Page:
Trump said the US will impose a 25% tariff on steel imports and 10% tariff on aluminum to shore up the struggling industries, capping a fierce, months-long internal debate that divided some of the President's top advisers. The move is likely to invite retaliatory measures from foreign countries, raising the specter of a trade war between the US and several other steel-producing countries.
It was not immediately clear whether the tariffs would be phased out over time and whether Trump would follow the advice of his national security advisers and exempt some countries from the tariffs to avoid harming key steel-producing US allies.
Trump announced the move during a hastily arranged meeting with steel and aluminum executives, even though the policy he announced is not yet ready to be implemented, let alone fully crafted. He acknowledged the policy is "being written now."
"We'll be signing it next week. And you'll have protection for a long time in a while. You'll have to regrow your industries, that's all I'm asking," Trump said. "What's been allowed to go on for decades is disgraceful. It's disgraceful. When it comes to a time where our country can't make aluminum and steel ... you almost don't have much of a country."
The tariffs will amount to perhaps the most substantive and wide-reaching trade action Trump has taken to date, making good on another key campaign promise.
But the announcement also sent the stock market tumbling, with the Dow taking a 500-point dip in the first hours after the announcement. The plan also drew a stiff rebuke from US manufacturers of products made using steel and aluminum, who maintained that the tariffs could lead to lost jobs in their operations and increased consumer prices.
Republican lawmakers urged Trump in recent weeks to reconsider his position, warning him that while the move would boost US steel and aluminum manufacturers, it would lead to increased costs for consumers of those materials and hurt some of the manufacturers he pledged to protect.
In a rare break with the White House, House Speaker Paul Ryan's spokesman Doug Andres said Ryan "is hoping the President will consider the unintended consequences of this idea and look at other approaches before moving forward."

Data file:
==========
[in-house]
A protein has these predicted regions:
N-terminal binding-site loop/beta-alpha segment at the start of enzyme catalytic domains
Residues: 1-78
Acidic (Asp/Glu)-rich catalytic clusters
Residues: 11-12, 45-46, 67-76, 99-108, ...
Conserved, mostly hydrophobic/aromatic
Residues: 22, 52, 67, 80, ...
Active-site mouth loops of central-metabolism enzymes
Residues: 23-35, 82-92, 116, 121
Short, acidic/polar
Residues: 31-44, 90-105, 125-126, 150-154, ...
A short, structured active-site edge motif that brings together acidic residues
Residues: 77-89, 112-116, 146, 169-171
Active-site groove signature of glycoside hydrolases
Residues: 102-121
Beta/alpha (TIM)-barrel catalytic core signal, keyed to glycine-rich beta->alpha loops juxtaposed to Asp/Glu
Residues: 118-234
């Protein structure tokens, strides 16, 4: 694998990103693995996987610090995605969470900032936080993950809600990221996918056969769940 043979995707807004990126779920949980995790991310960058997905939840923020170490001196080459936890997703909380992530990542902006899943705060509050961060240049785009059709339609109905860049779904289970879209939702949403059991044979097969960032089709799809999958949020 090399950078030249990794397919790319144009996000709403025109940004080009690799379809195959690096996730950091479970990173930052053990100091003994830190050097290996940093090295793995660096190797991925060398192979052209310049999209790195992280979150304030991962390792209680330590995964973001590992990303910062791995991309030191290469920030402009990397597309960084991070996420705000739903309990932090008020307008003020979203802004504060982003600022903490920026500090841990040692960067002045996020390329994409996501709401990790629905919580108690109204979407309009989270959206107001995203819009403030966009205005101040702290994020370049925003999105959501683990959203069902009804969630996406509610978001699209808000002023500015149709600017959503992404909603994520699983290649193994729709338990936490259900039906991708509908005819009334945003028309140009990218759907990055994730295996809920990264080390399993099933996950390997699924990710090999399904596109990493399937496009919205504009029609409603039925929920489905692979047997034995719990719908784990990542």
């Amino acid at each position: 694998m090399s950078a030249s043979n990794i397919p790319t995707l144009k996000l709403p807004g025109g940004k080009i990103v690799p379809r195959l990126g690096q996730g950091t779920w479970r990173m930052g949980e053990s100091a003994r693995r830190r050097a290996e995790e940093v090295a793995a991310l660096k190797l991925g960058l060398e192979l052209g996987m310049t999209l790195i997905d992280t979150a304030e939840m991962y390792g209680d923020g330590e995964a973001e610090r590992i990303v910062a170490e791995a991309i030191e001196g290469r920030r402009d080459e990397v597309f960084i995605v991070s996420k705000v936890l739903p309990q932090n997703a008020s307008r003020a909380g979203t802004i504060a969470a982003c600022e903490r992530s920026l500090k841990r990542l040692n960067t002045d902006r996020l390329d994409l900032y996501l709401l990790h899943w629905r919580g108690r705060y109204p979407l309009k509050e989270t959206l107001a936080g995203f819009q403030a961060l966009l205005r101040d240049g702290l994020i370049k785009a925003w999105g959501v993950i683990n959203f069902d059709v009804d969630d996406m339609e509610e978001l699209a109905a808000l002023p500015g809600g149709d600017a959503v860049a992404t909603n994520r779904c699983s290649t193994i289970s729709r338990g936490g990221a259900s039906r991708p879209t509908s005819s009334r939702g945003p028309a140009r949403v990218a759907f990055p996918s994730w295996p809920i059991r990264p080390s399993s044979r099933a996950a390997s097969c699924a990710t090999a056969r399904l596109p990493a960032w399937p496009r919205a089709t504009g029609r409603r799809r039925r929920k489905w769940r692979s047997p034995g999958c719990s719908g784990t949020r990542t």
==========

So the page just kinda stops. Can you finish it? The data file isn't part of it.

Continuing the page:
Republican Sen. Ben Sasse of Nebraska struck a harsh tone, calling protectionism "weak, not strong."
"Let's be clear: The President is proposing a massive tax increase on American families," Sasse said in a statement.
Trump's announcement on Thursday came after hours of back and forth between White House officials who remained uncertain up until the President uttered the words on Thursday whether he would preview his tariff-imposing plans.
The President had told aides on Wednesday to lay the groundwork for him to announce new tariffs on steel and aluminum imports the next day, sending them scrambling to determine what specific policy he could announce and others racing to contact executives and union representatives from the industry to attend the announcement at the White House, multiple sources said.
Some of the aides who have been crafting the policy were caught off guard by the plans for an announcement, which The Washington Post first reported
The White House added a last-minute event with Commerce Secretary Wilbur Ross and steel and aluminum industry representatives at the White House on Thursday morning and initially said it would be closed to press, before ultimately inviting in the cameras.
Earlier on Wednesday, lawyers in the White House Counsel's Office and the Justice Department's Office of Legal Counsel made clear to policy staffers that they needed more time -- perhaps several more weeks -- to turn the Commerce Department's recommendations into a proclamation that would impose the tariffs Trump has sought to levy on steel and aluminum imports.